Tag Archives: Feb Break

Already Nostalgic

The reality of time hit when we returned for our final semester at Middlebury after February break.

I spent my break with eight wonderful friends from Middlebury, on a road trip from here to Savannah, Georgia. Six of those eight friends had just graduated as Febs, and the other two and I flew back to campus for the spring semester while the graduates continued the adventure and drove to San Francisco, California.

Watching the Febs graduate and then returning to campus without them made me truly acknowledge that this is our last semester. In the first week, my friends and I threw a potluck, went for walks, and talked about everything we want to make sure to do before we leave the utopia that is Middlebury College. Sure, there are stresses here at times, and yes, not everything is always perfect, but it is hard to complain about life here.

So I will use this week’s blog post to list my favorite aspects about this college — both the deeply meaningful and trivially glorious things — that I want to appreciate at all times for the next four months before graduation:

– Professors who take the time to get to know us, and remember our names.

– The beauty of Vermont in all seasons.

– Our amazing dining hall food and friendly staff.

– The beautiful, comfortable, and clean dorms.

– The ability to take courses in completely new areas while still deeply focusing on my major.

– Constantly meeting new and wonderful people who are passionate.

– Dance parties whenever we want.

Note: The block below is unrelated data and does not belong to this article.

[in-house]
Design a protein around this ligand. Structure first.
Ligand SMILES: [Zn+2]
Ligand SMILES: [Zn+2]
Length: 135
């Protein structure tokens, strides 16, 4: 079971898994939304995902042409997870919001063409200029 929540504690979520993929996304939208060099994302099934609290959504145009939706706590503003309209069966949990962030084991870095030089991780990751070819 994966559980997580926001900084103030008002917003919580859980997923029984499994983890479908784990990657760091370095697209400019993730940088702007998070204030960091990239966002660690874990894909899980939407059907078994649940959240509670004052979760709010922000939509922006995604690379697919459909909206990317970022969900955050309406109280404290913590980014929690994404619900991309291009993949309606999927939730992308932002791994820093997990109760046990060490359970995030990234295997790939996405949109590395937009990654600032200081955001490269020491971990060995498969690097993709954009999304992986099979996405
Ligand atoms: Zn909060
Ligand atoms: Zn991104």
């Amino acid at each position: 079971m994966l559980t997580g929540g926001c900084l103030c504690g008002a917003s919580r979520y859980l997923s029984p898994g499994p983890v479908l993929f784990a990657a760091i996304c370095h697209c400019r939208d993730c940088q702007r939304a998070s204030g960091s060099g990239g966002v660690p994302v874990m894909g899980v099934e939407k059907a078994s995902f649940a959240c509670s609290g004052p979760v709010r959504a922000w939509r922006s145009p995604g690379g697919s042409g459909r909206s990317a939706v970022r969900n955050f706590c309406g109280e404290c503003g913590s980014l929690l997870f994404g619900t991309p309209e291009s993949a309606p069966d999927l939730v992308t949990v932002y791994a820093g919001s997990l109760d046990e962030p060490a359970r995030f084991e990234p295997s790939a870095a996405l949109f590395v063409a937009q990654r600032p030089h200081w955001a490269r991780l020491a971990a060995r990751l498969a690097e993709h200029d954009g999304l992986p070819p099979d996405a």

– Cross country skiing around the golf course or at Bread Loaf.

– Singing with the Mischords (my a cappella group).

– Having someone willing to go on an adventure with me at any time.

– Hiking around Vermont.

– Apple picking in the fall.

– The Middlebury farmer’s market.

– The friendly businesses around town who remember us.

– Good Vermont cheeses.

– Road biking on sunny days.

– Running with friends around the golf course.

– Having amazing speakers and events available to me for free all of the time.

– Fresh air.

– The diversity of interests that my friends have.

– The cool accomplishments that people have made.

– The potential to get on board with a project anytime.

– Free dance and yoga classes.

– Subsidized music lessons.

– Hanging out on the lawn with friends in the spring.

– Learning a new language with an enthusiastic professor who is a native speaker of that language.

– Making brunch with friends on the weekends.

– Themes parties for no good reason other than to have a theme.

– The variety of activities that I get to participate in every day.

My Feb Break!

Ben is right. It has been a while since we last updated our blog. So much has happened and we all have a lot to share. I will start with my February break.

So two summers ago, I founded HELA, a non-profit organization dedicated to empowering Afghan women through education. HELA, Inc., aims to build girls’ schools, women’s centers, and high-school athletic fields for girls around the country. HELA’s founding was inspired by the need to build the first girls high school in Qalatik—my ancestral—village in Laghman Province.